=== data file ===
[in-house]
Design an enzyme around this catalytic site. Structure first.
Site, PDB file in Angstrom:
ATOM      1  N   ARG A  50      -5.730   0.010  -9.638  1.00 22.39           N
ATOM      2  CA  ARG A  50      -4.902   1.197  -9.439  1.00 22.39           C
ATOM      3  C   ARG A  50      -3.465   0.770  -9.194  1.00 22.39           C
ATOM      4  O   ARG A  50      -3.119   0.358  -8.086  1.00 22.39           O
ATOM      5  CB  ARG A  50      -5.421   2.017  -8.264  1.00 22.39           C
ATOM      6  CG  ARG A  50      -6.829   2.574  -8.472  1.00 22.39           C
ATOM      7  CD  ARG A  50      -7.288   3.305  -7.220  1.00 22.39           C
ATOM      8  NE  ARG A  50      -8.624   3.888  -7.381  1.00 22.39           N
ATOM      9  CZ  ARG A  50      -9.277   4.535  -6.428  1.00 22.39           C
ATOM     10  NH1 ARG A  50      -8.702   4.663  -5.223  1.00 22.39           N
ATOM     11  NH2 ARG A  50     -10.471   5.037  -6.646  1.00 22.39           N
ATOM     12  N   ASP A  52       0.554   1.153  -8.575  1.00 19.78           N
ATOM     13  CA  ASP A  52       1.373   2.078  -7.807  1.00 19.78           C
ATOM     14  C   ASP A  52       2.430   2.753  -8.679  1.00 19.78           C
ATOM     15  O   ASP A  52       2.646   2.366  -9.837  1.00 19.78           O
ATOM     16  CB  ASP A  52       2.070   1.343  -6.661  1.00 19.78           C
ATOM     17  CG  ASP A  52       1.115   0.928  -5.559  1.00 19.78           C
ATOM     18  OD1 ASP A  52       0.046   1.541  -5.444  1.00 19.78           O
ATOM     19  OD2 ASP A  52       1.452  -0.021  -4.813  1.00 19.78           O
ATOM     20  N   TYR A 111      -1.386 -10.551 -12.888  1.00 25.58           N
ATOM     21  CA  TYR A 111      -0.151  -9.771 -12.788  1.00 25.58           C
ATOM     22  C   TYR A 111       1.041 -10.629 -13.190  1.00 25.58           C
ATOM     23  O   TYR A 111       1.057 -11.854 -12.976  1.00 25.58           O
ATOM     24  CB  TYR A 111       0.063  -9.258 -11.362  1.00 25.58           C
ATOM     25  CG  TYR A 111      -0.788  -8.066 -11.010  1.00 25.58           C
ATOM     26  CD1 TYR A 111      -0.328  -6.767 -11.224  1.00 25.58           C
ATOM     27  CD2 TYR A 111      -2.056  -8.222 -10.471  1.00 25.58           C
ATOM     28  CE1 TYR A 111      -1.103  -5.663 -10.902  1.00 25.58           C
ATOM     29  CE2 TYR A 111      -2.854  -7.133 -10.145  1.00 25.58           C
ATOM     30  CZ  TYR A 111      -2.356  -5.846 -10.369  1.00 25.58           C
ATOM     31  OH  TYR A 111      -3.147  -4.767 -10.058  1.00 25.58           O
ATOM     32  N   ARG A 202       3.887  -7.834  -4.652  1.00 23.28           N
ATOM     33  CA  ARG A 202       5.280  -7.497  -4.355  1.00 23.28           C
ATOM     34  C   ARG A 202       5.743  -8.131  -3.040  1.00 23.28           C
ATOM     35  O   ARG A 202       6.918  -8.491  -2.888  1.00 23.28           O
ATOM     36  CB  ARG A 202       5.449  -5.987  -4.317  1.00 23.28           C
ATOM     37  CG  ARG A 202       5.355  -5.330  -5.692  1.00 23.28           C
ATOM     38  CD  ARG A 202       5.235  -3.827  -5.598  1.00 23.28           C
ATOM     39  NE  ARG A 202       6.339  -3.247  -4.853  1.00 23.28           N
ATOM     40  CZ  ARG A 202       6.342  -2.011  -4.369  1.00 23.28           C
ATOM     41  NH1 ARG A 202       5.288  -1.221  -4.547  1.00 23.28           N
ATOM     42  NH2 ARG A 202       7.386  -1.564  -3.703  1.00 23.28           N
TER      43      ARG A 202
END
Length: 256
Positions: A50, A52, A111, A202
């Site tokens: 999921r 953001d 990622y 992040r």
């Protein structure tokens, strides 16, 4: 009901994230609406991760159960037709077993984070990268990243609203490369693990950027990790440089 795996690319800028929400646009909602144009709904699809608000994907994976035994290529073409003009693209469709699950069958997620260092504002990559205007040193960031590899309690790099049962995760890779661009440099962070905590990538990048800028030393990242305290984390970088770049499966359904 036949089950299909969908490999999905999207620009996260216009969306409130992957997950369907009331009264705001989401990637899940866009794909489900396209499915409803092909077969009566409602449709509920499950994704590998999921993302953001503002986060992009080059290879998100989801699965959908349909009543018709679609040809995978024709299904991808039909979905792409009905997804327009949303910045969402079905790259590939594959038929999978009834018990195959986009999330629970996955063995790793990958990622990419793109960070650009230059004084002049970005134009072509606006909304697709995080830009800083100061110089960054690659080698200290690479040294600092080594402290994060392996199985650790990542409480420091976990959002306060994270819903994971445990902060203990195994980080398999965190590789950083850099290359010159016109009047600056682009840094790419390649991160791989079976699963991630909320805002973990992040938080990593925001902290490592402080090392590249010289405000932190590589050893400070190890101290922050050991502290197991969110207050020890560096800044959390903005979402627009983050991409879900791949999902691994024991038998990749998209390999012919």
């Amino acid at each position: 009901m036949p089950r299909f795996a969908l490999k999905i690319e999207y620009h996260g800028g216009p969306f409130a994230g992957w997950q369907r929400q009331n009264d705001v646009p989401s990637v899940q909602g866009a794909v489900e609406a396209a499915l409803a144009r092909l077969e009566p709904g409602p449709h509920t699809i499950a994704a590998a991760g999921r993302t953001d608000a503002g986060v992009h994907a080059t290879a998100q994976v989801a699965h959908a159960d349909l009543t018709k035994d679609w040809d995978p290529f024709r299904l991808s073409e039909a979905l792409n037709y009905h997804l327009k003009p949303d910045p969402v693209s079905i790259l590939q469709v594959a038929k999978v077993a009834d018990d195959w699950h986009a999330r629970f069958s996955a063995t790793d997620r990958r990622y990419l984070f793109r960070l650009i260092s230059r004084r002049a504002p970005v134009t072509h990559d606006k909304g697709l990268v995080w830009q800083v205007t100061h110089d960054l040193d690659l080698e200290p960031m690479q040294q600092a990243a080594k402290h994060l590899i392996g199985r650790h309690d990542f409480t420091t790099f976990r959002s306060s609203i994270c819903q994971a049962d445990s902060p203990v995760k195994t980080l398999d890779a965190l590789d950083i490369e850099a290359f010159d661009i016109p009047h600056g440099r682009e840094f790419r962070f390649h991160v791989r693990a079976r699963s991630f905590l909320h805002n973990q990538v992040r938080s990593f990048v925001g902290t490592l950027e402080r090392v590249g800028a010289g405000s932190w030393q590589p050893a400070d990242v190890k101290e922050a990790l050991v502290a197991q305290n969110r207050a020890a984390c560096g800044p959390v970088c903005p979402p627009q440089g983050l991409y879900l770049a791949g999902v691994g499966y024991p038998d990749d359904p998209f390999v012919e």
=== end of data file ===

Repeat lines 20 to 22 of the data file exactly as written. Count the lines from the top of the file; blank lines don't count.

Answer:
ATOM     17  CG  ASP A  52       1.115   0.928  -5.559  1.00 19.78           C
ATOM     18  OD1 ASP A  52       0.046   1.541  -5.444  1.00 19.78           O
ATOM     19  OD2 ASP A  52       1.452  -0.021  -4.813  1.00 19.78           O